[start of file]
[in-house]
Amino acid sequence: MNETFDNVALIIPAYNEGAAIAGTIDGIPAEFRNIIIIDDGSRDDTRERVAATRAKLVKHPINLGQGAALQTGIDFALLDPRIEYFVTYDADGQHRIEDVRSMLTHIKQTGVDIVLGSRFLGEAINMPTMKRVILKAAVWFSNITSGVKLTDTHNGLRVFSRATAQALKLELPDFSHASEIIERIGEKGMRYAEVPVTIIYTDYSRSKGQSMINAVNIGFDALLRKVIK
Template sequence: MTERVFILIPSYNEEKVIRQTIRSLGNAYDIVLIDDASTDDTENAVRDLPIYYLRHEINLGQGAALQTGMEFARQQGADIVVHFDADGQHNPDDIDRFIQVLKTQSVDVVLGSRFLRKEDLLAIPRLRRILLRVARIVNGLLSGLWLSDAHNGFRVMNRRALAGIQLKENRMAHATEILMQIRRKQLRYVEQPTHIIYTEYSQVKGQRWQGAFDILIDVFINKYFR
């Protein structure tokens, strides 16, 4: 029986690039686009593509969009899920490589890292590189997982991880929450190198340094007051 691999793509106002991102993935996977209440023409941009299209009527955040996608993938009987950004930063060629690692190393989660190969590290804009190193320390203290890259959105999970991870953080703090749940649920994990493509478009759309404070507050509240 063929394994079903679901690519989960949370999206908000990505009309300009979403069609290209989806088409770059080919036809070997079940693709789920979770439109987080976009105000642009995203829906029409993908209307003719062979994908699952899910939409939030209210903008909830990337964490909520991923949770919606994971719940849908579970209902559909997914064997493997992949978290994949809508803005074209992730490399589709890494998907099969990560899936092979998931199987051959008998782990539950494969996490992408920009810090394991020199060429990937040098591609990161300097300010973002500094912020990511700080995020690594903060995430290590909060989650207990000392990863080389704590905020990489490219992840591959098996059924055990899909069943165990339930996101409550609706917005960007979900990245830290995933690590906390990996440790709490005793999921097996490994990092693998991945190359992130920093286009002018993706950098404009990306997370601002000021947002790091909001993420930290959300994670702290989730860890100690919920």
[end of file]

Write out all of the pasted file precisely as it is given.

[in-house]
Amino acid sequence: MNETFDNVALIIPAYNEGAAIAGTIDGIPAEFRNIIIIDDGSRDDTRERVAATRAKLVKHPINLGQGAALQTGIDFALLDPRIEYFVTYDADGQHRIEDVRSMLTHIKQTGVDIVLGSRFLGEAINMPTMKRVILKAAVWFSNITSGVKLTDTHNGLRVFSRATAQALKLELPDFSHASEIIERIGEKGMRYAEVPVTIIYTDYSRSKGQSMINAVNIGFDALLRKVIK
Template sequence: MTERVFILIPSYNEEKVIRQTIRSLGNAYDIVLIDDASTDDTENAVRDLPIYYLRHEINLGQGAALQTGMEFARQQGADIVVHFDADGQHNPDDIDRFIQVLKTQSVDVVLGSRFLRKEDLLAIPRLRRILLRVARIVNGLLSGLWLSDAHNGFRVMNRRALAGIQLKENRMAHATEILMQIRRKQLRYVEQPTHIIYTEYSQVKGQRWQGAFDILIDVFINKYFR
């Protein structure tokens, strides 16, 4: 029986690039686009593509969009899920490589890292590189997982991880929450190198340094007051 691999793509106002991102993935996977209440023409941009299209009527955040996608993938009987950004930063060629690692190393989660190969590290804009190193320390203290890259959105999970991870953080703090749940649920994990493509478009759309404070507050509240 063929394994079903679901690519989960949370999206908000990505009309300009979403069609290209989806088409770059080919036809070997079940693709789920979770439109987080976009105000642009995203829906029409993908209307003719062979994908699952899910939409939030209210903008909830990337964490909520991923949770919606994971719940849908579970209902559909997914064997493997992949978290994949809508803005074209992730490399589709890494998907099969990560899936092979998931199987051959008998782990539950494969996490992408920009810090394991020199060429990937040098591609990161300097300010973002500094912020990511700080995020690594903060995430290590909060989650207990000392990863080389704590905020990489490219992840591959098996059924055990899909069943165990339930996101409550609706917005960007979900990245830290995933690590906390990996440790709490005793999921097996490994990092693998991945190359992130920093286009002018993706950098404009990306997370601002000021947002790091909001993420930290959300994670702290989730860890100690919920």